BSc (Hons)

Applied Physics

Student using scientific equipment
  • Level(s) of study: Undergraduate
  • Study mode(s): Full-time / Sandwich
  • Location: Clifton Campus
  • Starting: September 2019
  • Course duration: Three years full-time or four years with placement

Study the fundamental concepts at the cutting edge of physics, pioneered by our expert staff. This course has a focus on the applications of physics, and is ideal for students who have studied for a BTEC Extended Diploma in Applied Science or an Access to Higher Education Diploma. You can opt to take a one-year work placement in industry, produce an individual project, and join our active Astronomy and Physics Society to further your knowledge in this subject area.

Why choose this course?

  • You’ll benefit from excellent teaching. We’re consistently rated as one of the best universities for teaching in the UK. We’ve been awarded a gold rating in the government’s Teaching Excellence Framework and the rankings produced by the Times Higher Education put us 3rd in the UK. This shows that we’re committed to giving you the best learning experience possible.
  • You’ll join satisfied students. We get consistently high satisfaction scores in the National Student Survey. In the most recent survey (2017) the overall satisfaction with our Physics and Astronomy courses was 97%, putting us joint 4th in the UK.
  • You’ll learn in inspiring environments. We have a custom-built, on-campus observatory recognised by the International Astronomical Union, a radio telescope, a CT scanner, new microscopes, MRI scanners, a scanning tunneling microscope and an ionising radiation laboratory. This ensures that you get the practical experience you need to pursue a successful career.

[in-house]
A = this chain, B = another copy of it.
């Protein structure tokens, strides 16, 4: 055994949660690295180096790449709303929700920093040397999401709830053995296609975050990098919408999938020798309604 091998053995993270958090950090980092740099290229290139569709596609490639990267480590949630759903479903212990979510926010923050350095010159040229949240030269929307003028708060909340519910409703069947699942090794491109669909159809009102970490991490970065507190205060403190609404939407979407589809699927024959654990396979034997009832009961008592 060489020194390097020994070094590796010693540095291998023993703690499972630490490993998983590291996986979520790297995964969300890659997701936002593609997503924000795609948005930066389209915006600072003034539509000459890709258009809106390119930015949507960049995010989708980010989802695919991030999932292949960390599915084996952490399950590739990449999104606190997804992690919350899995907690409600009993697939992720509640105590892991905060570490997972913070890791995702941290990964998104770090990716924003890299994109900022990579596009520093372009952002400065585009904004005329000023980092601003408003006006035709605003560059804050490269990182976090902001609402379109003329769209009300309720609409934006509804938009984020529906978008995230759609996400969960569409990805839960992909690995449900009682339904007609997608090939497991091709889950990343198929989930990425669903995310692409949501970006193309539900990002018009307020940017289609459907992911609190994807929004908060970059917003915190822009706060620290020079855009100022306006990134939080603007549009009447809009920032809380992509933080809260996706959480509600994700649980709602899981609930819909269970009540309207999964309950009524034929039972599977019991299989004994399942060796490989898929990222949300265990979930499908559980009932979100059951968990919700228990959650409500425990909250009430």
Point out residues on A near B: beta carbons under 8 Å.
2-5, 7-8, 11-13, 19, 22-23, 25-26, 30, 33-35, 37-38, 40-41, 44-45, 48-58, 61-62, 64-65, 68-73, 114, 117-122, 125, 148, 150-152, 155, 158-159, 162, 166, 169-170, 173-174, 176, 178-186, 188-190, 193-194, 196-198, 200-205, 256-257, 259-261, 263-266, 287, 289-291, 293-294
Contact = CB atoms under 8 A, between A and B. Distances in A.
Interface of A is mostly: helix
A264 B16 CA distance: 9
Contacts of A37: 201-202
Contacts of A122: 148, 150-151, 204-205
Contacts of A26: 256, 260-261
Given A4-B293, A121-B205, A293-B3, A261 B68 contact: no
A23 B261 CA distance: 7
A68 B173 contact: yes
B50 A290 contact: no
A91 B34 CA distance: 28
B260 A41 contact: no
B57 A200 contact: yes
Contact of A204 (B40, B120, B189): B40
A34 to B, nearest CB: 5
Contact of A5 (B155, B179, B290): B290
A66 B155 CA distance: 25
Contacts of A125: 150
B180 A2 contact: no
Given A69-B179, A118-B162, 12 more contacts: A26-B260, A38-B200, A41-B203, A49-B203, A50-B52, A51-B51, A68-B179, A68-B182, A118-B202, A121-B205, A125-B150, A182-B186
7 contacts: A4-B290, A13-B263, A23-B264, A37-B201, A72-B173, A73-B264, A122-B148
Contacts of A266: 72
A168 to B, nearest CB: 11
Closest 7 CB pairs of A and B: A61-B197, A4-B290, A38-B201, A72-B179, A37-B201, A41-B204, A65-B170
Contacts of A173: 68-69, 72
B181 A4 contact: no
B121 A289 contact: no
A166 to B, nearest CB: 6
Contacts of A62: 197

• You’ll study innovative accredited courses. Our pioneering courses and research are carried out in close collaboration with university and industry partners worldwide, giving our students skills and knowledge which are highly relevant to the needs of industry. Our undergraduate MSci and BSc physics courses are accredited by the Institute of Physics (IOP) which will help you to achieve Chartered Physicist status sooner.
  • You’ll help to deliver research with impact. Our physics staff contribute to research activity in a number of areas including Superhydrophobic Surfaces, Medical Resonance Imaging, Art Conservation and Space Weather. Every year approximately ten of our students undertake paid summer placements in these research groups, giving them hands-on experience of cutting edge research. NTU has recently been awarded the Queen’s Anniversary Prize for research – the highest national award achievable.